Viewing Imagery in a different light

Imagery is the most commonly requested basemap of all the Esri base maps available. It provides the spatial context for your authoritative data that vector base maps cannot. Many questions can be easily answered by visually inspecting the imagery, for example how far is that tree away from the power line? or is that a new swimming pool that does not have a building permit?

There is though more to imagery though than visually inspecting in the Red, Green and Blue visual spectrum. Many of today’s satellites capture information in the Yellow, Near Infrared and Far Infrared portions of the electromagnetic spectrum. In fact the latest World View satellite has 16 bands. So how can this extra analytical data be accessed in a web service?

Image services provide an underutilised feature called functions. These are algorithms that can be applied to an image service on-the-fly to reveal hidden information in the imagery. When an image service published, it is not just the visible band that can be published but all bands from a satellite image can be made available. In its simplest form a function can swap these bands being used to display. For example from Red, Green, Blue to Infrared, Red, Green. Another common analysis is Vegetation health through an NDVI analysis. The difference in chlorophyll reluctance and absorbance of plants in the Infrared and Red portion of the spectrum.  The best part about using functions is that they are only calculated on the portion of image shown on the screen at the resolution displayed and no new image is created, just an interpretation of the image, all performed server side on-the-fly and then sent to the client. There are some very good examples on the Amazon Landsat 8 demonstrator site found at

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2016: The Year of the Parcel Fabric

One of the many new additions to ArcMap 10 was the introduction of Parcel Editor. Some of you may remember this as a replacement for the Survey Analyst Cadastral Editor product. With this new addition the cadastral fabric dataset was replaced with the new parcel fabric. At the time many just looked at this with a passing interest, especially those with cadastral systems already in place.

So why should 2016 be the year of the Parcel Fabric for you? Here are my top three reasons why it should be. Continue reading


Mapping Mars with ArcGIS Pro

I only discovered relatively recently that the Desktop suite is not limited to mapping Earth. Hidden amongst the thousands of coordinate systems available, you can find those for mapping planets within the Solar System.

Just for kicks, I downloaded all the geological data from Mars to have a look in ArcGIS Pro and see how it would fare in the hybrid 2D/3D interface.

You can try this out for yourselves by downloading the data from the USGS here. The datasets are conveniently provided in a file geodatabase and the layers come with some standard symbology in MXDs, so it’s an easy feat to import into ArcGIS Pro.

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Versioned Workflows a True Story

As a long time GIS trainer working for Esri Australia, I have taught a lot of courses over the past 10 or so years. In my opinion, one of the best would have to be Implementing Versioned Workflows in a Multiuser Geodatabase. A three day course designed to cover the version related content in Esri’s current course curriculum.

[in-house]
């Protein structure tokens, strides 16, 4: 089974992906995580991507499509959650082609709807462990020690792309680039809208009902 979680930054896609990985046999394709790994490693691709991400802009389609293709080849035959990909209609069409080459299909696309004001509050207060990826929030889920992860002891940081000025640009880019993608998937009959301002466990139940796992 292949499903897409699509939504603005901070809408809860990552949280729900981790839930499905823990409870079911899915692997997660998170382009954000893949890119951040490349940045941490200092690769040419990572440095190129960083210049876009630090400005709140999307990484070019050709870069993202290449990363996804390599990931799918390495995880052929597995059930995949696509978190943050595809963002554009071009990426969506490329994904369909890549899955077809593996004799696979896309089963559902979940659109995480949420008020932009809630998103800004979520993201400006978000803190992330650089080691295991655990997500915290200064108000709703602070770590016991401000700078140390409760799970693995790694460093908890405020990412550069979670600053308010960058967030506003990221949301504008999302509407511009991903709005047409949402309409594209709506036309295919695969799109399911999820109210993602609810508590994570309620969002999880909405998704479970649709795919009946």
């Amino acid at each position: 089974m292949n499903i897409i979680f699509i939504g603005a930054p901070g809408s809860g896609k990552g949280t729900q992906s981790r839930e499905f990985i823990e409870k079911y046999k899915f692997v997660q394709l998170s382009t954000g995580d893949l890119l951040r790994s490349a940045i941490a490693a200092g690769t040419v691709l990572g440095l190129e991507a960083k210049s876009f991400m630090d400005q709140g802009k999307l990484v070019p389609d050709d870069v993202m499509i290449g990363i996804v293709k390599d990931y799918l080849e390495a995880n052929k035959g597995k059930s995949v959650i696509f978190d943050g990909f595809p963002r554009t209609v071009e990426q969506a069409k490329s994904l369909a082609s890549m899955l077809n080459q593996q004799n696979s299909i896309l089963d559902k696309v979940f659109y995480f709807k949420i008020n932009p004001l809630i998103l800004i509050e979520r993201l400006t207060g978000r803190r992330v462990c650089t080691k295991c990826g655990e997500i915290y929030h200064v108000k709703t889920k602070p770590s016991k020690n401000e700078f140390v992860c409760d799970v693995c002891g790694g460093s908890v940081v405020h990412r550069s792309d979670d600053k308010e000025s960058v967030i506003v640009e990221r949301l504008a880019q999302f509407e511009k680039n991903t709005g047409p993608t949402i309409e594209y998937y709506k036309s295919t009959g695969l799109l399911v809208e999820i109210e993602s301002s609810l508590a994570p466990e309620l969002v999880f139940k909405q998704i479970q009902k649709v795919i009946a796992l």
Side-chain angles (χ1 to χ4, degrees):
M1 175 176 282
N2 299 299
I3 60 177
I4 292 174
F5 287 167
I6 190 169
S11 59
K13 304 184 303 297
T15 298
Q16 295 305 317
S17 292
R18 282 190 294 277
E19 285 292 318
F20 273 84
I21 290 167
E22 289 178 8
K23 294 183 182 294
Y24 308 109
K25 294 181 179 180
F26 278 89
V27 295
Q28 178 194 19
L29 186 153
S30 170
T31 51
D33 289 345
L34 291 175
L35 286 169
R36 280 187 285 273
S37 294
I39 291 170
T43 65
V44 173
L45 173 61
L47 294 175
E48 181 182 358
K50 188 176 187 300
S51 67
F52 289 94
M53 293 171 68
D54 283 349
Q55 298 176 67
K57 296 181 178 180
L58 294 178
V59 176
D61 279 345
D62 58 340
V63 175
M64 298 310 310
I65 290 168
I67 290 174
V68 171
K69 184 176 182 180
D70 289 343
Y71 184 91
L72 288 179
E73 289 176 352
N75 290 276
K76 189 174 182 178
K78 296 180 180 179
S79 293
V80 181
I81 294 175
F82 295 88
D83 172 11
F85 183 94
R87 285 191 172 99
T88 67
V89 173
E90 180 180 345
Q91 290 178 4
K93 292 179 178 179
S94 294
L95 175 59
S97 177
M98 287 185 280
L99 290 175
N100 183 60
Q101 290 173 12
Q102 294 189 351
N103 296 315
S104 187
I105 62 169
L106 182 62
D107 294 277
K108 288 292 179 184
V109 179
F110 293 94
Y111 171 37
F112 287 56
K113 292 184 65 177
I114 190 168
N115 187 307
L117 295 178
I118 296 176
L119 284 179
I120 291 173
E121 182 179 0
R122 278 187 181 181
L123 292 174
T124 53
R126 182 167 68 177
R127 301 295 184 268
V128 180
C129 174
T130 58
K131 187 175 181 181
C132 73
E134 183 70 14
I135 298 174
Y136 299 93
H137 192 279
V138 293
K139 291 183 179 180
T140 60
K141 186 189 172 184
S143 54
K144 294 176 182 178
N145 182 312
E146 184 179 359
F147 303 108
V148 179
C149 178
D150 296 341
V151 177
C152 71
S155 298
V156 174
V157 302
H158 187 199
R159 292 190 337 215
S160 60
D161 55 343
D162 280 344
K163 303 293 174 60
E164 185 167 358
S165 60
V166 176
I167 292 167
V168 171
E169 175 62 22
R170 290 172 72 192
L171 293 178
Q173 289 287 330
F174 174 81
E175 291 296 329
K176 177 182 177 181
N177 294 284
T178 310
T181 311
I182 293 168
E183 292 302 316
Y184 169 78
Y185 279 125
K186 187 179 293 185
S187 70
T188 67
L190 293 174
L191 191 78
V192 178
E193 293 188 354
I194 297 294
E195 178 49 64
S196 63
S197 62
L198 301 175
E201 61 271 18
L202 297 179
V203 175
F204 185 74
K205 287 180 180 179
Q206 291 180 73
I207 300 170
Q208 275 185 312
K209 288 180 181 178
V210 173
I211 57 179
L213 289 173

I know the title sounds a little intimidating and I will not lie, some of the content is quite advanced.

However the way topics are introduced and explained visually, the continuity between the scenarios and the way we are taken on exploratory journey through the repository of the multiuser geodatabase leave students with a thorough understanding of its mechanics.

Forgetting that the scenarios are based in and around Fargo, North Dakota, the course progressively and comprehensively takes the students through a number of various real life workflows exposing how the functionality provided in a geodatabase has been implemented. After students perform functions from ArcMap as a user they then explore the changes to the SDE repository as an administrator.

After sitting this course for the first time not only did I walk away with a better understanding of alternative methods of implementing a multiuser geodatabase, but also the impact of the various approaches including the advantages and disadvantages of each.

The next Implementing Versioned Workflows in a Multiuser Geodatabase will be in Brisbane on the 8-10/3/2016.

If you are interested in learning more about this course or any courses offered by Esri Australia please contact the Training Coordinator on 1800 447 111 or email

Capitalising on momentum in training with an Esri Australia Technical Adviser

In recent months, many of Esri Australia’s largest clients have embraced wide-ranging technical change with the deployment of the latest release of the ArcGIS Platform, comprising a suite of wholly new or improved technologies. These customers see real change in the first days of the deployment of the ArcGIS Platform. This is particularly true of clients who pair software deployment simultaneously with the delivery of Esri Australia’s technical training for their staff throughout an organisation – analyst to executive; spatial staff or staff new to location analytics.

In a recent engagement with a client, I have personally seen the deployment, configuration, integration and adoption of Esri’s Production Mapping and Workflow Manager technologies. These technologies have directly contributed to improving and streamlining analysts’ workflows, expanded the visibility and resource management capabilities of team leaders, and have provided executive staff with high level understanding of the synergies and friction points in business practices across the organisation. Continue reading

Is ArcSDE dead? Part II

The term ArcSDE/SDE is being gradually replaced with the term “Multiuser Geodatabase” and this is probably creating some confusion among the users of the ArcGIS platform. In order to understand the difference between ArcSDE and multiuser geodatabase, let’s start clarifying what is and what is not ArcSDE.

What is not ArcSDE:

ArcSDE is not a product. It’s a technology. In the same way ArcGIS is not a product, is a platform. Only prior to ArcGIS 9.2, ArcSDE was a standalone software product. At the ArcGIS 9.2 release, ArcSDE was integrated into both ArcGIS for Desktop and ArcGIS for Server.

ArcSDE is not only the application sever connection, a piece of software that packs the giomgr.exe and a gsrv.exe processes. This is a common mistake that I have mentioned in my previous post but from a more business perspective. I’ll try to do the same exercise now but from a technical perspective.

So, what is ArcSDE  – also called “the database enhanced with the ArcSDE technology” or simply the “ArcSDE geodatabase” or the “Multiuser geodatabase”?

Let’s answer this question step by step.